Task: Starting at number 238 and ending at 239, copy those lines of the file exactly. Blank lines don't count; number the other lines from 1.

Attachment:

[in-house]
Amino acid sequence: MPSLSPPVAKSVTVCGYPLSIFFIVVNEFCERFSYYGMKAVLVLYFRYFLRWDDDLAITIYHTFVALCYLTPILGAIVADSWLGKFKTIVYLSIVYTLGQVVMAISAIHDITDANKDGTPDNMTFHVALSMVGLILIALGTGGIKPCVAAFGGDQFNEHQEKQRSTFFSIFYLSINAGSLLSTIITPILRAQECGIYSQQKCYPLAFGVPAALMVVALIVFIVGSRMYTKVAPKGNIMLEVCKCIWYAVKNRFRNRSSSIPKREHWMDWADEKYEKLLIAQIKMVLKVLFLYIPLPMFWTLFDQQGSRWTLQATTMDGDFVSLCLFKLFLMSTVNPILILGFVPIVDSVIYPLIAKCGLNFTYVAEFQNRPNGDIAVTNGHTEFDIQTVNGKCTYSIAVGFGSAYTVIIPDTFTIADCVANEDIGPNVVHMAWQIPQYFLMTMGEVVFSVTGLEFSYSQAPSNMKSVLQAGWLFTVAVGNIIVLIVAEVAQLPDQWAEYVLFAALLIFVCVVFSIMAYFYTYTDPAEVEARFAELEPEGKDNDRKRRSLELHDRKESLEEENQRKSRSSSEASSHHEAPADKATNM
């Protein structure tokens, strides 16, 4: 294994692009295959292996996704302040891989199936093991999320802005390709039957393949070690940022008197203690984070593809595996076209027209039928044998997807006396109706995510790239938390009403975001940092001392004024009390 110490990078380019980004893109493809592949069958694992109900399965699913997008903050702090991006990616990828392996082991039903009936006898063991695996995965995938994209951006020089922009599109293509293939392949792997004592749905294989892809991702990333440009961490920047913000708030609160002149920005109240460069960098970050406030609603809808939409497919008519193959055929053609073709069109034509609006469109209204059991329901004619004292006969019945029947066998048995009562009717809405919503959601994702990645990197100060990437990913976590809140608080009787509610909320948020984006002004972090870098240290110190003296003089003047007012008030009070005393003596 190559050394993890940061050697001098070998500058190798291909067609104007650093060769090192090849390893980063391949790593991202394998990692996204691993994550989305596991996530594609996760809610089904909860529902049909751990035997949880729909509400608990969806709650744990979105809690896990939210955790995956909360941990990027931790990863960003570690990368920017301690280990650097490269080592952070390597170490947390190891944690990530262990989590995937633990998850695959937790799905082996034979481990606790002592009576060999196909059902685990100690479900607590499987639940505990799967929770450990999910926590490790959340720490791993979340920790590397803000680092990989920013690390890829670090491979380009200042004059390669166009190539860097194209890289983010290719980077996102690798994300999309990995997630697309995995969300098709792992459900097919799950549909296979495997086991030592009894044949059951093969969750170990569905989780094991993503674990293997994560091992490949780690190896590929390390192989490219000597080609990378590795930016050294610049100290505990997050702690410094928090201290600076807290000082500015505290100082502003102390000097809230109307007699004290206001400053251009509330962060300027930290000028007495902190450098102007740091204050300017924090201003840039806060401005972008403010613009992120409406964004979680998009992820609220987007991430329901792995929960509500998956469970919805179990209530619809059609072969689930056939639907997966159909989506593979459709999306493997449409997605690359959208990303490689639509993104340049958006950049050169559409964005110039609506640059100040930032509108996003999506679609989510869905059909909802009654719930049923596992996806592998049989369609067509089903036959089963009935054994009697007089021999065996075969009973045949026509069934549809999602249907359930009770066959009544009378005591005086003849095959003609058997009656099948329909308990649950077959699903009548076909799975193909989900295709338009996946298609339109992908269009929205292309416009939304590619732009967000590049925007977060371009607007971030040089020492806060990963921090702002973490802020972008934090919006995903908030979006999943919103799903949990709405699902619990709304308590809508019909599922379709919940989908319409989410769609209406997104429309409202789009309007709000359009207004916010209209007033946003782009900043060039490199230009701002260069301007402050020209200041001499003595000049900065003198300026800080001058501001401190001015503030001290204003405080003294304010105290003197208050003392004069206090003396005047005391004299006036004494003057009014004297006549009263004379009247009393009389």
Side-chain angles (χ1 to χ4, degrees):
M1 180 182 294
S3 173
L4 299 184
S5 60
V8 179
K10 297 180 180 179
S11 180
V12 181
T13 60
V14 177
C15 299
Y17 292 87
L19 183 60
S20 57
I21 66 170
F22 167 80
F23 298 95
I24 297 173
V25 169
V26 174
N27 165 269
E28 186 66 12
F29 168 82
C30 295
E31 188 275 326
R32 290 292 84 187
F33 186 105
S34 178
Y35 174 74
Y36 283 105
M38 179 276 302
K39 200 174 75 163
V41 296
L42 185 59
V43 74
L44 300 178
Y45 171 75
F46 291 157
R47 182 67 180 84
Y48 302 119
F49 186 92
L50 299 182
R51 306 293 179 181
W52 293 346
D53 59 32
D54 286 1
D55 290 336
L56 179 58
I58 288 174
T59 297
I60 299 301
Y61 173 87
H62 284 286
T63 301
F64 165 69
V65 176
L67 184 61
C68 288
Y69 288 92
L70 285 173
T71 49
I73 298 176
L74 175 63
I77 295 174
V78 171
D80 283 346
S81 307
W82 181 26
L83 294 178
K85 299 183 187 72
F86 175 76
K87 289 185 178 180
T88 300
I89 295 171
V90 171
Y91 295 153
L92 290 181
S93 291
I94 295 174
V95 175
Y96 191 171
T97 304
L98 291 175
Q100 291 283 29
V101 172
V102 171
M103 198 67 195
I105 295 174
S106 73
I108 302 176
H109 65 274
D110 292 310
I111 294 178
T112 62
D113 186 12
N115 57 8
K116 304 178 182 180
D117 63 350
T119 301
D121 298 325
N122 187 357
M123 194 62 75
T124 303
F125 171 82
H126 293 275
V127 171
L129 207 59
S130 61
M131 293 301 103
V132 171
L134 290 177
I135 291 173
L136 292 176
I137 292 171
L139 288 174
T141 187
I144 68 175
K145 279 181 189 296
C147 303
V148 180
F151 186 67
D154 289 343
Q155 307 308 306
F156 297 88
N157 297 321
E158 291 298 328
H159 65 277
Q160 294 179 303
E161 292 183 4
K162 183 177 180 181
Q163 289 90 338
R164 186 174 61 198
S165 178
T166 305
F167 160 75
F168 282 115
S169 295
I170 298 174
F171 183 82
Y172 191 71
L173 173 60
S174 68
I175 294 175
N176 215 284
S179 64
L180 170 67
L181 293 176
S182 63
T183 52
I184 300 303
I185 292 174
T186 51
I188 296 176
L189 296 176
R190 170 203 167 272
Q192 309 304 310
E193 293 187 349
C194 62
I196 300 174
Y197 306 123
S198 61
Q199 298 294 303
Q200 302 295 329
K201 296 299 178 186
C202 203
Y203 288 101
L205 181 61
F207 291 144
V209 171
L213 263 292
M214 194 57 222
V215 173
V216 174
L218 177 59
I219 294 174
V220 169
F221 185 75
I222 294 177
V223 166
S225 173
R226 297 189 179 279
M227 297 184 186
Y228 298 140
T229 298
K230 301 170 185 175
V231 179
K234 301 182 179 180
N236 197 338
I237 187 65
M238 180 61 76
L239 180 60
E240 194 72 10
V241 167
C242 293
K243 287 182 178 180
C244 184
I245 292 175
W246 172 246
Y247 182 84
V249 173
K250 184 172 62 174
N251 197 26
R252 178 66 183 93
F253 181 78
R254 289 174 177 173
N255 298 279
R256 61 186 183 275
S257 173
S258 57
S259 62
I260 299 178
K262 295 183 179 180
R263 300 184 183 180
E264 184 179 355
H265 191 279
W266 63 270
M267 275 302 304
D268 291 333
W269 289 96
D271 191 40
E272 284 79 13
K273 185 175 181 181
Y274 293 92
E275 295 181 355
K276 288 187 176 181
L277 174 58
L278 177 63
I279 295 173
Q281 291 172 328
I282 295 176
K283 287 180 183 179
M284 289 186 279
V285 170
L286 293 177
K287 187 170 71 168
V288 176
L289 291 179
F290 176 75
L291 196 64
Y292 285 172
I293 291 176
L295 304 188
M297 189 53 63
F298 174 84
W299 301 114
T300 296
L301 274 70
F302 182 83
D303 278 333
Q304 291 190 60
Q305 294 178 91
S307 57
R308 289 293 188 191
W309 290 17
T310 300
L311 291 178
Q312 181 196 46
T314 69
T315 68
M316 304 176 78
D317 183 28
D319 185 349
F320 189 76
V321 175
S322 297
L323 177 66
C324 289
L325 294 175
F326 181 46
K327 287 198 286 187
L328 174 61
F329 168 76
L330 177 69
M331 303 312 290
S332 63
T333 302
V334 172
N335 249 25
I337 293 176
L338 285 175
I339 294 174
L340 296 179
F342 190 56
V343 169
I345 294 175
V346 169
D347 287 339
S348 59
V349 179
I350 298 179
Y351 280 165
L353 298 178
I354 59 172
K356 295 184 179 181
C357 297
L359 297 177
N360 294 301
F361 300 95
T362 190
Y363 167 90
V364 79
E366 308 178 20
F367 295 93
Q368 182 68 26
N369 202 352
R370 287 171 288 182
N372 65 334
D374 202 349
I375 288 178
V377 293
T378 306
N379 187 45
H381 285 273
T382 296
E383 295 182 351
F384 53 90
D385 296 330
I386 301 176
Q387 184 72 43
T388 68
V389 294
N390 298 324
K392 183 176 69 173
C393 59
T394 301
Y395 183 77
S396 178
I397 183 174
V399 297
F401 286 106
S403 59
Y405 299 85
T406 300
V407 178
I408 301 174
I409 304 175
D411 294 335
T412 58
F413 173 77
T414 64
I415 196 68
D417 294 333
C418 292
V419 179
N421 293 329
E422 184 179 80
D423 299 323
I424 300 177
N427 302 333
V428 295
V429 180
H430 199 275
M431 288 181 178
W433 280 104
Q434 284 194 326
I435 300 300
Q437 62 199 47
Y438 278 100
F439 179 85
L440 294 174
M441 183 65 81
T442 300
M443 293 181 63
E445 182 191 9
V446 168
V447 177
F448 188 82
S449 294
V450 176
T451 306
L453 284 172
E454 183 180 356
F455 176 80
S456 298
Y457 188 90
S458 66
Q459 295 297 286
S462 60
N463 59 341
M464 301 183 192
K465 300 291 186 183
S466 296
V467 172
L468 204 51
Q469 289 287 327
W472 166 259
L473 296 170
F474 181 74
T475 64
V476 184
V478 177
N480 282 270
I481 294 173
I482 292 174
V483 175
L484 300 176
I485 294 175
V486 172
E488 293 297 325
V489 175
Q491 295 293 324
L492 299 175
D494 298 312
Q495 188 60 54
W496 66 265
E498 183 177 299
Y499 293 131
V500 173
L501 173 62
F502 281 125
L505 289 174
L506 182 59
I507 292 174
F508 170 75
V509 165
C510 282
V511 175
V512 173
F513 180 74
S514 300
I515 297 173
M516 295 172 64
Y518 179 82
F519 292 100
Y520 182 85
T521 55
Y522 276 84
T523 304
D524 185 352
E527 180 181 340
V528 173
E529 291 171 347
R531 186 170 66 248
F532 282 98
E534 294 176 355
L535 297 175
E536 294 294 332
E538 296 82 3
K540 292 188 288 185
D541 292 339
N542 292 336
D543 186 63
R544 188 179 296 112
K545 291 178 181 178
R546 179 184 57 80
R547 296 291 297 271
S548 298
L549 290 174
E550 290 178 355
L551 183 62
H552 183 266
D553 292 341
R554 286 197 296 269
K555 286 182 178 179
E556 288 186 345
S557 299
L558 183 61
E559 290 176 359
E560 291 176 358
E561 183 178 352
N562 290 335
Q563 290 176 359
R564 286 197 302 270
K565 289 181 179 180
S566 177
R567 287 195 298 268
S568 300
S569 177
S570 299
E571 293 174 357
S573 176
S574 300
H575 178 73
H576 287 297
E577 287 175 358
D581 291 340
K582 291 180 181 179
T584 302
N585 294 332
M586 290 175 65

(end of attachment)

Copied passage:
L286 293 177
K287 187 170 71 168